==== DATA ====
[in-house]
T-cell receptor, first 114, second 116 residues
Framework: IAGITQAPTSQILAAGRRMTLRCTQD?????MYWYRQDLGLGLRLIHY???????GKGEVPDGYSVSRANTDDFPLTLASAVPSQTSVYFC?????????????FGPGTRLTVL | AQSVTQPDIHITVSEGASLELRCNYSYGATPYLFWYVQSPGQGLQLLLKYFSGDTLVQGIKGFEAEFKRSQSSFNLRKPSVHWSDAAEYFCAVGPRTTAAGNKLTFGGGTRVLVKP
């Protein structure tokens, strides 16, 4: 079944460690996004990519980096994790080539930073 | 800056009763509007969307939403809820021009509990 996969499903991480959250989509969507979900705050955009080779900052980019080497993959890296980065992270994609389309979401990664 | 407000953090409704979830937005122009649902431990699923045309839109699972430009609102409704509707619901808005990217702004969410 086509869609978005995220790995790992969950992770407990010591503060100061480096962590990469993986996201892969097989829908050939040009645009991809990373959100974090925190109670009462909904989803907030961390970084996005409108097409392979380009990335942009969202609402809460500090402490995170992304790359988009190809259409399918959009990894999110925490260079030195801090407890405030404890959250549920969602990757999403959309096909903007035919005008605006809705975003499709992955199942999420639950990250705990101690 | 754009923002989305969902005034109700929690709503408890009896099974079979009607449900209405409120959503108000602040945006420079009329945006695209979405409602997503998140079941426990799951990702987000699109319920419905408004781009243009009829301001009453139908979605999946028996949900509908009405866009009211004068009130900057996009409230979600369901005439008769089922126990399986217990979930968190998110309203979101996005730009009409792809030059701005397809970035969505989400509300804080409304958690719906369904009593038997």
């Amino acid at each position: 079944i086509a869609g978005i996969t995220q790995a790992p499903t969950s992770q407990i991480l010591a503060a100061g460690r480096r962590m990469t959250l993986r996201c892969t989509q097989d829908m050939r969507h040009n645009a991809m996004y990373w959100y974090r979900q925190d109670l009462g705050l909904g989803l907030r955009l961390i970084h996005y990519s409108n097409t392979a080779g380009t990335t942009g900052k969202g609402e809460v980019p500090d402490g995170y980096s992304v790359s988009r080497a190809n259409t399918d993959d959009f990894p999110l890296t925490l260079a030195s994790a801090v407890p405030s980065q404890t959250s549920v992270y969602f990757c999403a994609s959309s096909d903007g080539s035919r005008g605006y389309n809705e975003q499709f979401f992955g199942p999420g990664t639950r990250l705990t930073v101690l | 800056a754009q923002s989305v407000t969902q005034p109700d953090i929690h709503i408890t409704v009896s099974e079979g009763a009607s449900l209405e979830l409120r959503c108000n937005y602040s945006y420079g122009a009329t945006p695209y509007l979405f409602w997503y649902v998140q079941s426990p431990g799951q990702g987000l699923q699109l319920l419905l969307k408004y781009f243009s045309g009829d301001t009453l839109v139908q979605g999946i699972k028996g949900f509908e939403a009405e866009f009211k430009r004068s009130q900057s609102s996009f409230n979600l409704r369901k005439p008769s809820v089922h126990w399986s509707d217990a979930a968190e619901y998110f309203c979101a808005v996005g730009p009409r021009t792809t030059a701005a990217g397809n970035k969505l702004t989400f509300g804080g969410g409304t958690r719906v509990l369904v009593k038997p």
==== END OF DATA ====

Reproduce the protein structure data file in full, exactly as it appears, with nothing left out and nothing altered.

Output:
[in-house]
T-cell receptor, first 114, second 116 residues
Framework: IAGITQAPTSQILAAGRRMTLRCTQD?????MYWYRQDLGLGLRLIHY???????GKGEVPDGYSVSRANTDDFPLTLASAVPSQTSVYFC?????????????FGPGTRLTVL | AQSVTQPDIHITVSEGASLELRCNYSYGATPYLFWYVQSPGQGLQLLLKYFSGDTLVQGIKGFEAEFKRSQSSFNLRKPSVHWSDAAEYFCAVGPRTTAAGNKLTFGGGTRVLVKP
């Protein structure tokens, strides 16, 4: 079944460690996004990519980096994790080539930073 | 800056009763509007969307939403809820021009509990 996969499903991480959250989509969507979900705050955009080779900052980019080497993959890296980065992270994609389309979401990664 | 407000953090409704979830937005122009649902431990699923045309839109699972430009609102409704509707619901808005990217702004969410 086509869609978005995220790995790992969950992770407990010591503060100061480096962590990469993986996201892969097989829908050939040009645009991809990373959100974090925190109670009462909904989803907030961390970084996005409108097409392979380009990335942009969202609402809460500090402490995170992304790359988009190809259409399918959009990894999110925490260079030195801090407890405030404890959250549920969602990757999403959309096909903007035919005008605006809705975003499709992955199942999420639950990250705990101690 | 754009923002989305969902005034109700929690709503408890009896099974079979009607449900209405409120959503108000602040945006420079009329945006695209979405409602997503998140079941426990799951990702987000699109319920419905408004781009243009009829301001009453139908979605999946028996949900509908009405866009009211004068009130900057996009409230979600369901005439008769089922126990399986217990979930968190998110309203979101996005730009009409792809030059701005397809970035969505989400509300804080409304958690719906369904009593038997």
């Amino acid at each position: 079944i086509a869609g978005i996969t995220q790995a790992p499903t969950s992770q407990i991480l010591a503060a100061g460690r480096r962590m990469t959250l993986r996201c892969t989509q097989d829908m050939r969507h040009n645009a991809m996004y990373w959100y974090r979900q925190d109670l009462g705050l909904g989803l907030r955009l961390i970084h996005y990519s409108n097409t392979a080779g380009t990335t942009g900052k969202g609402e809460v980019p500090d402490g995170y980096s992304v790359s988009r080497a190809n259409t399918d993959d959009f990894p999110l890296t925490l260079a030195s994790a801090v407890p405030s980065q404890t959250s549920v992270y969602f990757c999403a994609s959309s096909d903007g080539s035919r005008g605006y389309n809705e975003q499709f979401f992955g199942p999420g990664t639950r990250l705990t930073v101690l | 800056a754009q923002s989305v407000t969902q005034p109700d953090i929690h709503i408890t409704v009896s099974e079979g009763a009607s449900l209405e979830l409120r959503c108000n937005y602040s945006y420079g122009a009329t945006p695209y509007l979405f409602w997503y649902v998140q079941s426990p431990g799951q990702g987000l699923q699109l319920l419905l969307k408004y781009f243009s045309g009829d301001t009453l839109v139908q979605g999946i699972k028996g949900f509908e939403a009405e866009f009211k430009r004068s009130q900057s609102s996009f409230n979600l409704r369901k005439p008769s809820v089922h126990w399986s509707d217990a979930a968190e619901y998110f309203c979101a808005v996005g730009p009409r021009t792809t030059a701005a990217g397809n970035k969505l702004t989400f509300g804080g969410g409304t958690r719906v509990l369904v009593k038997p």